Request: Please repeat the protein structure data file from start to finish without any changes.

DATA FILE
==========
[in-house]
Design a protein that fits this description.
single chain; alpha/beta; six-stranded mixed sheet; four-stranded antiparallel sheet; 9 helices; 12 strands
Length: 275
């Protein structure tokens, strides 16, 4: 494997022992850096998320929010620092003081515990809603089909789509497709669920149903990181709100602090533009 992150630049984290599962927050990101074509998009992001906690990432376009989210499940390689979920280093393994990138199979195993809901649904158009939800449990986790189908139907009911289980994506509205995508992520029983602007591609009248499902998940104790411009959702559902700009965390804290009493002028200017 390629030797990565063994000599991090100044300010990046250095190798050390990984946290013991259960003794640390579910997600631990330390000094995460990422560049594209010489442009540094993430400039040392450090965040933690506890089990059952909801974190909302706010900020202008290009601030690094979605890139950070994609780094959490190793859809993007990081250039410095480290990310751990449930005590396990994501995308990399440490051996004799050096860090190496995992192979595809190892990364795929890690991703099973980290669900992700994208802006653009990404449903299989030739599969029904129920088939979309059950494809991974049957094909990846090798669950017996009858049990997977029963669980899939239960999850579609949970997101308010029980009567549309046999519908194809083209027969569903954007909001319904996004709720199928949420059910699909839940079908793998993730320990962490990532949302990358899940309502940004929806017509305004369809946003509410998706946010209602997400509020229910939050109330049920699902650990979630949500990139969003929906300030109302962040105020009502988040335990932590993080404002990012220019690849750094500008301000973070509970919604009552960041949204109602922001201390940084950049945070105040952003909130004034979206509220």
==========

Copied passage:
[in-house]
Design a protein that fits this description.
single chain; alpha/beta; six-stranded mixed sheet; four-stranded antiparallel sheet; 9 helices; 12 strands
Length: 275
């Protein structure tokens, strides 16, 4: 494997022992850096998320929010620092003081515990809603089909789509497709669920149903990181709100602090533009 992150630049984290599962927050990101074509998009992001906690990432376009989210499940390689979920280093393994990138199979195993809901649904158009939800449990986790189908139907009911289980994506509205995508992520029983602007591609009248499902998940104790411009959702559902700009965390804290009493002028200017 390629030797990565063994000599991090100044300010990046250095190798050390990984946290013991259960003794640390579910997600631990330390000094995460990422560049594209010489442009540094993430400039040392450090965040933690506890089990059952909801974190909302706010900020202008290009601030690094979605890139950070994609780094959490190793859809993007990081250039410095480290990310751990449930005590396990994501995308990399440490051996004799050096860090190496995992192979595809190892990364795929890690991703099973980290669900992700994208802006653009990404449903299989030739599969029904129920088939979309059950494809991974049957094909990846090798669950017996009858049990997977029963669980899939239960999850579609949970997101308010029980009567549309046999519908194809083209027969569903954007909001319904996004709720199928949420059910699909839940079908793998993730320990962490990532949302990358899940309502940004929806017509305004369809946003509410998706946010209602997400509020229910939050109330049920699902650990979630949500990139969003929906300030109302962040105020009502988040335990932590993080404002990012220019690849750094500008301000973070509970919604009552960041949204109602922001201390940084950049945070105040952003909130004034979206509220």